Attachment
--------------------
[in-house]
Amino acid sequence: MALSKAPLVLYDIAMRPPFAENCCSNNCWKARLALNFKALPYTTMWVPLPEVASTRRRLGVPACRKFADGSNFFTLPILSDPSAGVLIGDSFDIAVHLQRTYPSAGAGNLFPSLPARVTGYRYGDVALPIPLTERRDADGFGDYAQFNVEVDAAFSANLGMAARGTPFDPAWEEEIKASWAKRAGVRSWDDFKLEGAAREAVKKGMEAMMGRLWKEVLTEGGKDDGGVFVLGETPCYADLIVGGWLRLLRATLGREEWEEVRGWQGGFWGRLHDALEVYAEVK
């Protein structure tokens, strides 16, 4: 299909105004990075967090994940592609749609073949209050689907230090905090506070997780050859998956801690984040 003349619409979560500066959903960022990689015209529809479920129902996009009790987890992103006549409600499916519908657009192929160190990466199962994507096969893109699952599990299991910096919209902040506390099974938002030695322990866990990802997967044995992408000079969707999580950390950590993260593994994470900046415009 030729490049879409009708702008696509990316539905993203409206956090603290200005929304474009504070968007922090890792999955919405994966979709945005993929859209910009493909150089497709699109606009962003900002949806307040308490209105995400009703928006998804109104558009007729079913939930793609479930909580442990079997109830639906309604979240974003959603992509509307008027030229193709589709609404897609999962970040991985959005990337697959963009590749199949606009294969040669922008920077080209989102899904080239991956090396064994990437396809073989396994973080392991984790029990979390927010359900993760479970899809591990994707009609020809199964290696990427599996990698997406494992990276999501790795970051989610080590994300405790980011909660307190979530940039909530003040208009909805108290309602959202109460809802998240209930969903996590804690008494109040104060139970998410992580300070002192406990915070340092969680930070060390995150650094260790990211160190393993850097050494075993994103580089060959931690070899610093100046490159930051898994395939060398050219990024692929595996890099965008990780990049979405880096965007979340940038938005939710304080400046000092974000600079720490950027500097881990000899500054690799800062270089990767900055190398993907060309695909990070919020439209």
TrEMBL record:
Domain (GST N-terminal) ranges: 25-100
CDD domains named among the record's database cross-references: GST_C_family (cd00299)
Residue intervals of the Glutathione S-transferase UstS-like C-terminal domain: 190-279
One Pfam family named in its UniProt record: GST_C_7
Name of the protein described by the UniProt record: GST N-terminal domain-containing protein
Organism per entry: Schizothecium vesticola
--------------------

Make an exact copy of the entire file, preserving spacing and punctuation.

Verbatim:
[in-house]
Amino acid sequence: MALSKAPLVLYDIAMRPPFAENCCSNNCWKARLALNFKALPYTTMWVPLPEVASTRRRLGVPACRKFADGSNFFTLPILSDPSAGVLIGDSFDIAVHLQRTYPSAGAGNLFPSLPARVTGYRYGDVALPIPLTERRDADGFGDYAQFNVEVDAAFSANLGMAARGTPFDPAWEEEIKASWAKRAGVRSWDDFKLEGAAREAVKKGMEAMMGRLWKEVLTEGGKDDGGVFVLGETPCYADLIVGGWLRLLRATLGREEWEEVRGWQGGFWGRLHDALEVYAEVK
């Protein structure tokens, strides 16, 4: 299909105004990075967090994940592609749609073949209050689907230090905090506070997780050859998956801690984040 003349619409979560500066959903960022990689015209529809479920129902996009009790987890992103006549409600499916519908657009192929160190990466199962994507096969893109699952599990299991910096919209902040506390099974938002030695322990866990990802997967044995992408000079969707999580950390950590993260593994994470900046415009 030729490049879409009708702008696509990316539905993203409206956090603290200005929304474009504070968007922090890792999955919405994966979709945005993929859209910009493909150089497709699109606009962003900002949806307040308490209105995400009703928006998804109104558009007729079913939930793609479930909580442990079997109830639906309604979240974003959603992509509307008027030229193709589709609404897609999962970040991985959005990337697959963009590749199949606009294969040669922008920077080209989102899904080239991956090396064994990437396809073989396994973080392991984790029990979390927010359900993760479970899809591990994707009609020809199964290696990427599996990698997406494992990276999501790795970051989610080590994300405790980011909660307190979530940039909530003040208009909805108290309602959202109460809802998240209930969903996590804690008494109040104060139970998410992580300070002192406990915070340092969680930070060390995150650094260790990211160190393993850097050494075993994103580089060959931690070899610093100046490159930051898994395939060398050219990024692929595996890099965008990780990049979405880096965007979340940038938005939710304080400046000092974000600079720490950027500097881990000899500054690799800062270089990767900055190398993907060309695909990070919020439209």
TrEMBL record:
Domain (GST N-terminal) ranges: 25-100
CDD domains named among the record's database cross-references: GST_C_family (cd00299)
Residue intervals of the Glutathione S-transferase UstS-like C-terminal domain: 190-279
One Pfam family named in its UniProt record: GST_C_7
Name of the protein described by the UniProt record: GST N-terminal domain-containing protein
Organism per entry: Schizothecium vesticola